The only future I can see clearly is one in which newspapers cater to their loyal core. In my future they serve up superior journalism and charge readers the full freight, no longer relying so heavily on advertisers that are deserting in droves. If people pay more, perhaps they’ll place a higher value on what’s delivered, and spend more time with it. There is a market—I hope, I pray—and I’ll bet it’s larger than just me.
08:00 AM - January 19, 2010
Time the Conquerer
Three newspapers in thirty-nine minutes. Uh, oh.
16 women whose digital startups deserve Vox-level plaudits - A look at the media entrepreneurs who aren’t grabbing headlines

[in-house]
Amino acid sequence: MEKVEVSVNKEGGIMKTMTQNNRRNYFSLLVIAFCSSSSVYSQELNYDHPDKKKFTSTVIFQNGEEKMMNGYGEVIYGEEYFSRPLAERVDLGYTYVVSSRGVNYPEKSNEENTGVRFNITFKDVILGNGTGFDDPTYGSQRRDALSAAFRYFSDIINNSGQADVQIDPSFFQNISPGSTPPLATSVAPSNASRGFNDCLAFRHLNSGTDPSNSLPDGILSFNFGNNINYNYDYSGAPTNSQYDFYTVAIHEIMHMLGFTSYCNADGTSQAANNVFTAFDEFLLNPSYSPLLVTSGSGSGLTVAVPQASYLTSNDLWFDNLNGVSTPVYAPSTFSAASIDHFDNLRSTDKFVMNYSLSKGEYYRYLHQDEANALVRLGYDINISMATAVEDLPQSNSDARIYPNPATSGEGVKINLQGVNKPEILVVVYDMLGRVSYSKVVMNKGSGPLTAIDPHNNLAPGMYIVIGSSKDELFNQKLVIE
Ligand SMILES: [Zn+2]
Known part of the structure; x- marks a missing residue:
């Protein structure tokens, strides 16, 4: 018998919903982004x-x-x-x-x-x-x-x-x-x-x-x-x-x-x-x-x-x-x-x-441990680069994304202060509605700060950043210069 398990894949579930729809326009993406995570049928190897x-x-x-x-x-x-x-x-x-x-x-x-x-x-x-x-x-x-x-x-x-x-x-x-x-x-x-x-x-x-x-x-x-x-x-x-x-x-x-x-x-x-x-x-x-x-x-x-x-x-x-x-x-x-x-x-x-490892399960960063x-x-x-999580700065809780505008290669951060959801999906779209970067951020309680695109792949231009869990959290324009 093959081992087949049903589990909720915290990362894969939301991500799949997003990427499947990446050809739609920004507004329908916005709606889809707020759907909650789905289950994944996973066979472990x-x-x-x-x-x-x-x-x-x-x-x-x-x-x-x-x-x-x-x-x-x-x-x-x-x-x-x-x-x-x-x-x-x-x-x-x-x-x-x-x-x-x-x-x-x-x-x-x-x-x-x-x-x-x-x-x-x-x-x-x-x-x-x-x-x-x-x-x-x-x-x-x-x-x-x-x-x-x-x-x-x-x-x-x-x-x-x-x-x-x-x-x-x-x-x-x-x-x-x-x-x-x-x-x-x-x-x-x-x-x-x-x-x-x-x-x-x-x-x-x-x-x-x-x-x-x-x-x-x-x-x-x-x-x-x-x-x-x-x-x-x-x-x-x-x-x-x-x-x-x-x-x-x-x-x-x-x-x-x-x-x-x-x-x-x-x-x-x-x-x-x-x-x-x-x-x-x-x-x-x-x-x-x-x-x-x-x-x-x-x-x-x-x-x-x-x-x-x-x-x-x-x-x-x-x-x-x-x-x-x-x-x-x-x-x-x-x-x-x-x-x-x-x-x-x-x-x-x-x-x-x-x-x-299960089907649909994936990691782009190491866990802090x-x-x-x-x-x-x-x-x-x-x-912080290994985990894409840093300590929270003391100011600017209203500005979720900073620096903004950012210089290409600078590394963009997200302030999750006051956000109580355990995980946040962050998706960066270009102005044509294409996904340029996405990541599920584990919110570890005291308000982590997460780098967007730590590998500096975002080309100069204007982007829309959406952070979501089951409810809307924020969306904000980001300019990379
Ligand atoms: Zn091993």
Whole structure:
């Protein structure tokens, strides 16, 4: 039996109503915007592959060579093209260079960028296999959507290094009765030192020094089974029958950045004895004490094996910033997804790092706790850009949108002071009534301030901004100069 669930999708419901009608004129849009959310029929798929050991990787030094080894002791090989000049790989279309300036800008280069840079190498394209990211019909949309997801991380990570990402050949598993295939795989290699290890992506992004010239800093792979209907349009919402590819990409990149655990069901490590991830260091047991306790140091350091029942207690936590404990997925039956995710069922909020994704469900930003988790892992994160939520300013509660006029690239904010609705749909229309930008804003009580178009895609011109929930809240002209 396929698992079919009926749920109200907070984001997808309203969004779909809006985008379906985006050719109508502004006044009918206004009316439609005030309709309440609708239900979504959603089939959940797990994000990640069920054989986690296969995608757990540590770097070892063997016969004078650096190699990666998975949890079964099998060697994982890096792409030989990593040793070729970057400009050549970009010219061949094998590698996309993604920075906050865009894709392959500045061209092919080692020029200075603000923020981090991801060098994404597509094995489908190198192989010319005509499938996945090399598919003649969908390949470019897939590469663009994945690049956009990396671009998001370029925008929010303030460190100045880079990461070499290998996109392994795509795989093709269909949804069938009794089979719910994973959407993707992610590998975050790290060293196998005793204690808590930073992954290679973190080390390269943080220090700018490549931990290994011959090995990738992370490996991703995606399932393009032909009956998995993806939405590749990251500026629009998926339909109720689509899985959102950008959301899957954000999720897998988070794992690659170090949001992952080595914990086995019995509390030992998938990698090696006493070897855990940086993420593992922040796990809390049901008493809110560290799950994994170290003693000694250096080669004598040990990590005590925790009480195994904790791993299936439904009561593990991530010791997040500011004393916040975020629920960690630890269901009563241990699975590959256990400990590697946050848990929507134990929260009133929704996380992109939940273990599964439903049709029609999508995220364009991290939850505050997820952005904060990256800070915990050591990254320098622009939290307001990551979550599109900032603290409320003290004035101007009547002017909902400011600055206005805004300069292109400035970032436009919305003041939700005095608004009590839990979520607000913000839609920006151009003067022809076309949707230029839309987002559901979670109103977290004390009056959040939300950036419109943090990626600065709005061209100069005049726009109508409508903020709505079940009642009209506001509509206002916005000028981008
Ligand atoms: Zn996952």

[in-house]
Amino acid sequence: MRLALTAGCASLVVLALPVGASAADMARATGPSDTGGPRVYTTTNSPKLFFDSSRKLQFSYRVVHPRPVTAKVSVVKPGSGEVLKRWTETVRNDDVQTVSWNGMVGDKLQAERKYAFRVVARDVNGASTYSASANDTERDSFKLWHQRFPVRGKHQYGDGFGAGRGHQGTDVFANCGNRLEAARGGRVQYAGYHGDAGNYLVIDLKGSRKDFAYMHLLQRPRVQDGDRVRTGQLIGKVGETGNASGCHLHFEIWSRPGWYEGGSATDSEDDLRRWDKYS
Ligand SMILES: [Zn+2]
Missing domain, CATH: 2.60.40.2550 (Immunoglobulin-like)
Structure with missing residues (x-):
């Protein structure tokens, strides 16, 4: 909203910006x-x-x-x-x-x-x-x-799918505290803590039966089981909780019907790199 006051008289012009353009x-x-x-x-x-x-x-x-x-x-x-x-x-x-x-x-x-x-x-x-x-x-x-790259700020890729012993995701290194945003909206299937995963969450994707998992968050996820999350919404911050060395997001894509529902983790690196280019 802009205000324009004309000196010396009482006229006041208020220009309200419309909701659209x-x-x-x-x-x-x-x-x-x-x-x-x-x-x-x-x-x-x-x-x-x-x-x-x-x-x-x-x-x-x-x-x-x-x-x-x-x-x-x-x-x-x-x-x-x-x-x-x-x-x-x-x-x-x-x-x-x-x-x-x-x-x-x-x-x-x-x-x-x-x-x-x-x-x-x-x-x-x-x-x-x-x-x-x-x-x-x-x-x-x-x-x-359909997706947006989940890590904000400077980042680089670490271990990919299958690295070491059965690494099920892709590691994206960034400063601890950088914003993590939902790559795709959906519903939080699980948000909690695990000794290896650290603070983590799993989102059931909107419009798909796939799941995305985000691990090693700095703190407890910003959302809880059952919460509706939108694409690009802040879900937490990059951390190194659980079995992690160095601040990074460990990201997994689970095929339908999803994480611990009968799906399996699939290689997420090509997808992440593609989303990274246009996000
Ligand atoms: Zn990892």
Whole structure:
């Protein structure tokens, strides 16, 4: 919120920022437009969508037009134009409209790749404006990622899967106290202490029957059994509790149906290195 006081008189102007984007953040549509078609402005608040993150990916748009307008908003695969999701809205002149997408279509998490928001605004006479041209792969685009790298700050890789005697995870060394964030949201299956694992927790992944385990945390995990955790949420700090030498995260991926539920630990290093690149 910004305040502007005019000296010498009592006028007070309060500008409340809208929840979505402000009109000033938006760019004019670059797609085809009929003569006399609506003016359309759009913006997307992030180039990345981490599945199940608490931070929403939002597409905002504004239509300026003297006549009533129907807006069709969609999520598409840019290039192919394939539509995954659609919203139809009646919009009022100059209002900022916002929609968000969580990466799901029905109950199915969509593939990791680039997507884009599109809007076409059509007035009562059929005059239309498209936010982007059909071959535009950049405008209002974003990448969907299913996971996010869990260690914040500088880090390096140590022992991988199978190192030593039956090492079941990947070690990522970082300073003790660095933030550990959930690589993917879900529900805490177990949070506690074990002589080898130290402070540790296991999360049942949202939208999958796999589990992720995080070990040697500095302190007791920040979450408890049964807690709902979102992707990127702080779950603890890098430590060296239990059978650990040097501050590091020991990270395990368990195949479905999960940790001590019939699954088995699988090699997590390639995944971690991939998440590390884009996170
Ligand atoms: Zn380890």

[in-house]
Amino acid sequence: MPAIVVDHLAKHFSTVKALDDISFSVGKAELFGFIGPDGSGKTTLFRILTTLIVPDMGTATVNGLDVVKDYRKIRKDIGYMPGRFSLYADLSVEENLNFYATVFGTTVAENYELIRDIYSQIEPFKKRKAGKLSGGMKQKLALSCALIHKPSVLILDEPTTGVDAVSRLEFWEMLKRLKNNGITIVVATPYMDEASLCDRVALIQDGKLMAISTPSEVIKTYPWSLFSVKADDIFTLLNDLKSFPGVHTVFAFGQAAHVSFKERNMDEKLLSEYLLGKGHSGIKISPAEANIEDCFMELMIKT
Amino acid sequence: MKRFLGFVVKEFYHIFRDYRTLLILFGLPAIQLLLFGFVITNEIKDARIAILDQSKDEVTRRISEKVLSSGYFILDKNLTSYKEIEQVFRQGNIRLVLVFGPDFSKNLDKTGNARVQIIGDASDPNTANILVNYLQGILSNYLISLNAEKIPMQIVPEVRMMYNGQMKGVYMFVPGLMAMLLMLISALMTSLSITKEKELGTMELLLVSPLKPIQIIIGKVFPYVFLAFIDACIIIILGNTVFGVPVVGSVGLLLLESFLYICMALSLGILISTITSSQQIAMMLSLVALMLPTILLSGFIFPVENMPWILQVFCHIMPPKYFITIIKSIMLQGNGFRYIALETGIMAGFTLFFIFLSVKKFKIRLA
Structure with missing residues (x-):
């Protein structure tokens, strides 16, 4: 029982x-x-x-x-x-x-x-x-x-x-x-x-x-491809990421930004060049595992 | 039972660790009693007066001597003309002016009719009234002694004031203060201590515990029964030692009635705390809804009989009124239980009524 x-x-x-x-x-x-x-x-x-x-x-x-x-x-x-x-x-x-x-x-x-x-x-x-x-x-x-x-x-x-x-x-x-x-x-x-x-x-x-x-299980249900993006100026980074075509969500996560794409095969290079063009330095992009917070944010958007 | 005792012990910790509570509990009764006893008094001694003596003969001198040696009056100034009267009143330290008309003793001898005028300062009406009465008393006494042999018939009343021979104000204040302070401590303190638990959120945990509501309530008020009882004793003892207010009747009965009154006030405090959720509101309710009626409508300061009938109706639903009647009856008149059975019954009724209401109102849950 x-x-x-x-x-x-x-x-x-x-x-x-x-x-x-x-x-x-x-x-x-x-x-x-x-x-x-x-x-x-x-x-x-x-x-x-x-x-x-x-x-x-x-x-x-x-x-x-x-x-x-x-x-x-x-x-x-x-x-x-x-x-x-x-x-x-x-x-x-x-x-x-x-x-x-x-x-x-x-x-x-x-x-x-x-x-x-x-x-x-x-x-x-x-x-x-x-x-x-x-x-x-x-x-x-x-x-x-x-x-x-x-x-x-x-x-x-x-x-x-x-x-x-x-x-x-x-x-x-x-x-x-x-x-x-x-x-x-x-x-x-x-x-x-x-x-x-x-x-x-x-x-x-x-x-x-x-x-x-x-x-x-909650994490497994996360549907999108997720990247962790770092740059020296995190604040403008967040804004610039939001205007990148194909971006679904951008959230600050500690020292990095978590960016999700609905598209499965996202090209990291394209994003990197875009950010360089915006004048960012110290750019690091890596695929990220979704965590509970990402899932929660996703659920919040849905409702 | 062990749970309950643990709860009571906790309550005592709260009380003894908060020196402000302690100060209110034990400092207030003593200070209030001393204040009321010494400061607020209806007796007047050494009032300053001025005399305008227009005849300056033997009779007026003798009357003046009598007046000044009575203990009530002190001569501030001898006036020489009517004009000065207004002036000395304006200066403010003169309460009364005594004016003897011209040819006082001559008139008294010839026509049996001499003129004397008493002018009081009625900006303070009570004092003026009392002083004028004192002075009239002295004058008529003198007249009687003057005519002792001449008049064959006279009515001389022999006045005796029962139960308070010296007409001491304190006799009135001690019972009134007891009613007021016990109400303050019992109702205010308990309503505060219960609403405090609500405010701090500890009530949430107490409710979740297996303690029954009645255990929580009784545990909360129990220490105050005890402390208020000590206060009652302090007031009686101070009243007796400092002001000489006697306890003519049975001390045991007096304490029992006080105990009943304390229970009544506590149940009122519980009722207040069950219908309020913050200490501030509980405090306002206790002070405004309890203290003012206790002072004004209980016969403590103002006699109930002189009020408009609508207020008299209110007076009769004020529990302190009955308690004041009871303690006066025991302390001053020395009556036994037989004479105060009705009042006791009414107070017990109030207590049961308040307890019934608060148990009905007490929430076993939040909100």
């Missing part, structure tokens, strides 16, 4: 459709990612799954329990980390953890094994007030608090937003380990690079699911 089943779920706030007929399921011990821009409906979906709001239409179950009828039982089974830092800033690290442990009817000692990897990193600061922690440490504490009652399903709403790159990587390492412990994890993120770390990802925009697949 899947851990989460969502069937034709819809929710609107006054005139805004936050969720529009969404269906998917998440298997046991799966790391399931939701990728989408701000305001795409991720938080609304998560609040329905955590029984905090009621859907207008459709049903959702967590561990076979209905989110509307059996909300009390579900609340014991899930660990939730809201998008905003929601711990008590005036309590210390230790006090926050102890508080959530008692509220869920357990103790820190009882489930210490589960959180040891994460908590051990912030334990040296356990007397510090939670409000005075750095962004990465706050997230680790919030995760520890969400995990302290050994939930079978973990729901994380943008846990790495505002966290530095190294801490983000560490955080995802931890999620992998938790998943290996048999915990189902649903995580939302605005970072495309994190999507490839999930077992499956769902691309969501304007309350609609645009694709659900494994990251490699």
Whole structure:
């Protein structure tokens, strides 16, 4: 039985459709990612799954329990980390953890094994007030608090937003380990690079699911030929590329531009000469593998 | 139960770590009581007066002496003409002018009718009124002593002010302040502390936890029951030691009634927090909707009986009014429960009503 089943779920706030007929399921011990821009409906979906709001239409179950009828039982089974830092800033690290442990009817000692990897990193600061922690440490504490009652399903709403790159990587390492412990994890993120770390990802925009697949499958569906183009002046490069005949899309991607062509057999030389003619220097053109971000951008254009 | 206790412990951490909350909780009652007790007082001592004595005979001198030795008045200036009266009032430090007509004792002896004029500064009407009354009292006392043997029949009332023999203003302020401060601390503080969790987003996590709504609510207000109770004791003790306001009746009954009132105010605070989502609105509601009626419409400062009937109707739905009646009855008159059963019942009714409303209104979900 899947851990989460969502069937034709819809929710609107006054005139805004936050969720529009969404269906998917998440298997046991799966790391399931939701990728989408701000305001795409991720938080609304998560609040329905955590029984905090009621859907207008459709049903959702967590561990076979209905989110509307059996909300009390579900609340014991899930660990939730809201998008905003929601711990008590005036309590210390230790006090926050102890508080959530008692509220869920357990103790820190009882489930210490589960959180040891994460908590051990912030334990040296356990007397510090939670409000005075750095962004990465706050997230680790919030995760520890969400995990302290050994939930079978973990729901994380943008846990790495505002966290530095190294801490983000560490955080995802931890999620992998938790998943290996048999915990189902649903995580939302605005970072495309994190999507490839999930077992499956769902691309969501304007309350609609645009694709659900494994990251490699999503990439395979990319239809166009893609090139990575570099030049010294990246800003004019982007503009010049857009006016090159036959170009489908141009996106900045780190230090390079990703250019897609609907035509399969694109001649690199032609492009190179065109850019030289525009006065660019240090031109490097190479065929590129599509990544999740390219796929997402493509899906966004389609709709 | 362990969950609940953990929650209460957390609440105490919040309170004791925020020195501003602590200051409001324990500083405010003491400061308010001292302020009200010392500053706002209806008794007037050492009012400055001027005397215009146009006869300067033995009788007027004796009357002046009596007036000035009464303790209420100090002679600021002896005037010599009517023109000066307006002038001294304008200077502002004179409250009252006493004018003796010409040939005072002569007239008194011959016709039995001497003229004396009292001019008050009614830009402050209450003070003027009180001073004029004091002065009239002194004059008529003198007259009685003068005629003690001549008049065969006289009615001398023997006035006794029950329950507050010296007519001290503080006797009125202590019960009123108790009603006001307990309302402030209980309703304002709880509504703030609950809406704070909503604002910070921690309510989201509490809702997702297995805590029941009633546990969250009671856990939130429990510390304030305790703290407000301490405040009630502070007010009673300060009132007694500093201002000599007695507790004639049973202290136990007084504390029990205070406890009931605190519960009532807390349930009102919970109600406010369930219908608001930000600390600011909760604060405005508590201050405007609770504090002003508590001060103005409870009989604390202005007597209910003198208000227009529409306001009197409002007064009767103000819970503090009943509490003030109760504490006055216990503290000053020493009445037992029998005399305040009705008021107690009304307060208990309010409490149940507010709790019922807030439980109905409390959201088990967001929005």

Why was ‘Dasani’ shut out of the Pulitzers? - 5 problems with The New York Times’ ambitious, influential series on the life of one homeless Brooklyn girl
The AP downplays its Obamacare scoop - Repeal on deductible caps marks another step in The Great Cost Shift
The enduring pull of mag covers - Why do magazine cover images still hold so much cultural power in this decline-of-print era?
Michael Wolff’s digital media bloopers - The Newser founder trolls (other) digital-news companies
Email blasts from CJR writers and editors
“My belief … is that conservatism as we know it is doomed”
The proposal comes three months after a federal appeals court struck down, for the second time, agency rules intended to guarantee a free and open Internet
Michael Pollan thinks Wall Street has way too much influence over what we eat
“The core of what I do at Fusion will be post-text”
Louis CK is nonplussed at how ladies do it
Who Owns What
A report from the Columbia University Graduate School of Journalism
Questions and exercises for journalism students.